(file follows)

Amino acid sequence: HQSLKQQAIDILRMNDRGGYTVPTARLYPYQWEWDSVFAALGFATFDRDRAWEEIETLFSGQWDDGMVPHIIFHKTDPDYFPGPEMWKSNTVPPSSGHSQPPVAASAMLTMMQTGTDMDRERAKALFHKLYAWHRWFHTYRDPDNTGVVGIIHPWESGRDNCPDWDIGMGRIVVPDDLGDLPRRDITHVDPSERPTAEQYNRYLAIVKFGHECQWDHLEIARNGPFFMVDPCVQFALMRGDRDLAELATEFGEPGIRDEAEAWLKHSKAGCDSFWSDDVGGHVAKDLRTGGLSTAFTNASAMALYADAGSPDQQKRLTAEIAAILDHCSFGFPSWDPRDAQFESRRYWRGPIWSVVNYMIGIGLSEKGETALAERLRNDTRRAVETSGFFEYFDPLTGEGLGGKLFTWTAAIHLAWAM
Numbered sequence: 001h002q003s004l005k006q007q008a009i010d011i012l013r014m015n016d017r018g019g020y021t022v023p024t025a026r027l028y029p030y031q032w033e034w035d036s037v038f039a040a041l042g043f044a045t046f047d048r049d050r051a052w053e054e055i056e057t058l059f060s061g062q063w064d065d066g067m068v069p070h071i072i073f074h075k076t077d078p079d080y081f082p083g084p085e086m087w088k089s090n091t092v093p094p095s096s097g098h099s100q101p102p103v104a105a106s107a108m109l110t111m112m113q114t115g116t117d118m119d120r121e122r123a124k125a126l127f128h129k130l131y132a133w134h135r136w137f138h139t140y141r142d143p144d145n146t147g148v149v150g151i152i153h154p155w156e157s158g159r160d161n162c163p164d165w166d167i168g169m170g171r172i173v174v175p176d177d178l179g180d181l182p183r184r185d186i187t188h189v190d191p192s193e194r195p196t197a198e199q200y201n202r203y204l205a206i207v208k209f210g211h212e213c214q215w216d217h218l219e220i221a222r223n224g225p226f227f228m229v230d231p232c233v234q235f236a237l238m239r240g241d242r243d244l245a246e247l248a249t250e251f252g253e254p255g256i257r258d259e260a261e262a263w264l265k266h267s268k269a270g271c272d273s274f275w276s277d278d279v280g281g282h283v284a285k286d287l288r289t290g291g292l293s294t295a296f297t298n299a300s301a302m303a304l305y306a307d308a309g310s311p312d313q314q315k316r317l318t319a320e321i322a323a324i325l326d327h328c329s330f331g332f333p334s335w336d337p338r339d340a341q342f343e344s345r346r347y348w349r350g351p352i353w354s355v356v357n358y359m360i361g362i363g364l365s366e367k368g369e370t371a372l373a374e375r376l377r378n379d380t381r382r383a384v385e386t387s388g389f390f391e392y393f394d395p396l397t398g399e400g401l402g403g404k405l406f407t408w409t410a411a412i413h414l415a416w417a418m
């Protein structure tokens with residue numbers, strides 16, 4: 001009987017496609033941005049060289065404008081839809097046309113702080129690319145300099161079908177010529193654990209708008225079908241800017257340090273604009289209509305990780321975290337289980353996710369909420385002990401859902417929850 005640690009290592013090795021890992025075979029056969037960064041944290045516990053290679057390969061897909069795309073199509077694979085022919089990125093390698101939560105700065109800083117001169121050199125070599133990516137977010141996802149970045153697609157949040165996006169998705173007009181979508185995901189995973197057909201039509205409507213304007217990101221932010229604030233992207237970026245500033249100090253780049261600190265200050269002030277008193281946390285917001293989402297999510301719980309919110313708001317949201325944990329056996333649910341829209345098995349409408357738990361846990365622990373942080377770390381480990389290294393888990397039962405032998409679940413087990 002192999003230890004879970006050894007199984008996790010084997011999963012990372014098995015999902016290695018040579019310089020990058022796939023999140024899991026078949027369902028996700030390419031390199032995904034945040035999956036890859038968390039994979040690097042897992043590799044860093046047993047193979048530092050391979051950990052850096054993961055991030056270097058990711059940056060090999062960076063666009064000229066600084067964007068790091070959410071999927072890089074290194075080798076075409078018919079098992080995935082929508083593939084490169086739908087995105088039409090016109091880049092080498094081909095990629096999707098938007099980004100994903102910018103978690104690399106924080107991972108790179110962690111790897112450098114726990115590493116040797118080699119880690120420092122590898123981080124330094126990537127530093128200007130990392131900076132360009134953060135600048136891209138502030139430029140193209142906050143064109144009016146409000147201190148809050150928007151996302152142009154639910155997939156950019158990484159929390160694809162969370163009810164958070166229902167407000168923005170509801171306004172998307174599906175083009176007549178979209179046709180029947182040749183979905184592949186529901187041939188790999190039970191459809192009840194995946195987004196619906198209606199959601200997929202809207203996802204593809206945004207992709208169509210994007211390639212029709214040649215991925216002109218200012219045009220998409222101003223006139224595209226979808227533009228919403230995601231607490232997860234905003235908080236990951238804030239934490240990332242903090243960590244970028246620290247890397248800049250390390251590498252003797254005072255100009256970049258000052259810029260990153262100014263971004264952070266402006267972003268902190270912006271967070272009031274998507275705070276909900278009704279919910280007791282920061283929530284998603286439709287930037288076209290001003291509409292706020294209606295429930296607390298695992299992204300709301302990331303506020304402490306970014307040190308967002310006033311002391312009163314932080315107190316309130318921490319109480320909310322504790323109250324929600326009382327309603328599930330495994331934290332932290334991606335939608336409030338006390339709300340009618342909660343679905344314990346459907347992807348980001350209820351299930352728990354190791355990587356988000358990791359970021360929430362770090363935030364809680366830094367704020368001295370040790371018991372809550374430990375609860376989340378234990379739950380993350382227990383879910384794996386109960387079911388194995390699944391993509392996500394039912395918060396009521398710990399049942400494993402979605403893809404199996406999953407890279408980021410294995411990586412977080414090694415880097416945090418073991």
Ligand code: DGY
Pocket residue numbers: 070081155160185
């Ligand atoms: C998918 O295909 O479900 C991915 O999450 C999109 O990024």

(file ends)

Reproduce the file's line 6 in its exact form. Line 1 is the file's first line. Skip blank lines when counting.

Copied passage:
């Ligand atoms: C998918 O295909 O479900 C991915 O999450 C999109 O990024």